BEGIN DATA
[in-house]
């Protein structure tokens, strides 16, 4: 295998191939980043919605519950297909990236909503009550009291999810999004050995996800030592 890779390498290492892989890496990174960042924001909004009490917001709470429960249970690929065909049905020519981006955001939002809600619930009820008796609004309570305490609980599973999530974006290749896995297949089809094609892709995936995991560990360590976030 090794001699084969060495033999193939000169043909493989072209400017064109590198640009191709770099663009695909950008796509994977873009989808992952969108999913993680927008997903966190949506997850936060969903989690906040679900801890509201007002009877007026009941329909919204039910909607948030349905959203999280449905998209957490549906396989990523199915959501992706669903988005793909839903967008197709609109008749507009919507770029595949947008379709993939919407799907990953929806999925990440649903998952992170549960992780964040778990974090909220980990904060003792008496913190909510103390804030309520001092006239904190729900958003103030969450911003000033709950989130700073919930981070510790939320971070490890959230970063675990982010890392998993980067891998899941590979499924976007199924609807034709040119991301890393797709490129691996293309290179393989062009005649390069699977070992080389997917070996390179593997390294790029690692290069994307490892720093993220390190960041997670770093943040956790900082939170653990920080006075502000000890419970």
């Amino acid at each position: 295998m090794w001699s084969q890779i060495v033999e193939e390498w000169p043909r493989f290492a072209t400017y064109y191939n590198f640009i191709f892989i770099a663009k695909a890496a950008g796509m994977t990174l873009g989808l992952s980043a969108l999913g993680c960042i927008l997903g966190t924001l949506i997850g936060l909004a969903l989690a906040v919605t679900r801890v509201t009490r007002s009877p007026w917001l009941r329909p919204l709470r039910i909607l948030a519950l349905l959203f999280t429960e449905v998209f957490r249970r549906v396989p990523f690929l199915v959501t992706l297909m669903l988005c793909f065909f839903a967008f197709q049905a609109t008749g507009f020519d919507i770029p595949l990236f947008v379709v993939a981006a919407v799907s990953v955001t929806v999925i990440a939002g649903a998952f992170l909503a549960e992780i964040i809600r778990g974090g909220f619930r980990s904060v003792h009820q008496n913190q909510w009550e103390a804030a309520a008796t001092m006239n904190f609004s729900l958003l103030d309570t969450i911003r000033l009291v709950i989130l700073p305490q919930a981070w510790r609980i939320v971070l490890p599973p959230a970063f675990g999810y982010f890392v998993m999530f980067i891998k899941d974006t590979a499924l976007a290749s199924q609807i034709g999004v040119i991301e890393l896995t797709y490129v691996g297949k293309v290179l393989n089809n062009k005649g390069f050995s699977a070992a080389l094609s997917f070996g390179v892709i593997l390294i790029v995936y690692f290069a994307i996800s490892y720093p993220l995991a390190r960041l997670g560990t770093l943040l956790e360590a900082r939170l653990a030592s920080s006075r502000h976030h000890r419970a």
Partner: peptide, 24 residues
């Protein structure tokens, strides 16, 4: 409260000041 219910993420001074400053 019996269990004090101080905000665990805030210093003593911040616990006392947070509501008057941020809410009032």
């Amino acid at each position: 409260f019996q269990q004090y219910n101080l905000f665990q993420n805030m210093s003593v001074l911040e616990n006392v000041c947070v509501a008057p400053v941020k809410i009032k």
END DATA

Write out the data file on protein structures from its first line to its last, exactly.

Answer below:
[in-house]
């Protein structure tokens, strides 16, 4: 295998191939980043919605519950297909990236909503009550009291999810999004050995996800030592 890779390498290492892989890496990174960042924001909004009490917001709470429960249970690929065909049905020519981006955001939002809600619930009820008796609004309570305490609980599973999530974006290749896995297949089809094609892709995936995991560990360590976030 090794001699084969060495033999193939000169043909493989072209400017064109590198640009191709770099663009695909950008796509994977873009989808992952969108999913993680927008997903966190949506997850936060969903989690906040679900801890509201007002009877007026009941329909919204039910909607948030349905959203999280449905998209957490549906396989990523199915959501992706669903988005793909839903967008197709609109008749507009919507770029595949947008379709993939919407799907990953929806999925990440649903998952992170549960992780964040778990974090909220980990904060003792008496913190909510103390804030309520001092006239904190729900958003103030969450911003000033709950989130700073919930981070510790939320971070490890959230970063675990982010890392998993980067891998899941590979499924976007199924609807034709040119991301890393797709490129691996293309290179393989062009005649390069699977070992080389997917070996390179593997390294790029690692290069994307490892720093993220390190960041997670770093943040956790900082939170653990920080006075502000000890419970």
């Amino acid at each position: 295998m090794w001699s084969q890779i060495v033999e193939e390498w000169p043909r493989f290492a072209t400017y064109y191939n590198f640009i191709f892989i770099a663009k695909a890496a950008g796509m994977t990174l873009g989808l992952s980043a969108l999913g993680c960042i927008l997903g966190t924001l949506i997850g936060l909004a969903l989690a906040v919605t679900r801890v509201t009490r007002s009877p007026w917001l009941r329909p919204l709470r039910i909607l948030a519950l349905l959203f999280t429960e449905v998209f957490r249970r549906v396989p990523f690929l199915v959501t992706l297909m669903l988005c793909f065909f839903a967008f197709q049905a609109t008749g507009f020519d919507i770029p595949l990236f947008v379709v993939a981006a919407v799907s990953v955001t929806v999925i990440a939002g649903a998952f992170l909503a549960e992780i964040i809600r778990g974090g909220f619930r980990s904060v003792h009820q008496n913190q909510w009550e103390a804030a309520a008796t001092m006239n904190f609004s729900l958003l103030d309570t969450i911003r000033l009291v709950i989130l700073p305490q919930a981070w510790r609980i939320v971070l490890p599973p959230a970063f675990g999810y982010f890392v998993m999530f980067i891998k899941d974006t590979a499924l976007a290749s199924q609807i034709g999004v040119i991301e890393l896995t797709y490129v691996g297949k293309v290179l393989n089809n062009k005649g390069f050995s699977a070992a080389l094609s997917f070996g390179v892709i593997l390294i790029v995936y690692f290069a994307i996800s490892y720093p993220l995991a390190r960041l997670g560990t770093l943040l956790e360590a900082r939170l653990a030592s920080s006075r502000h976030h000890r419970a």
Partner: peptide, 24 residues
């Protein structure tokens, strides 16, 4: 409260000041 219910993420001074400053 019996269990004090101080905000665990805030210093003593911040616990006392947070509501008057941020809410009032």
């Amino acid at each position: 409260f019996q269990q004090y219910n101080l905000f665990q993420n805030m210093s003593v001074l911040e616990n006392v000041c947070v509501a008057p400053v941020k809410i009032k």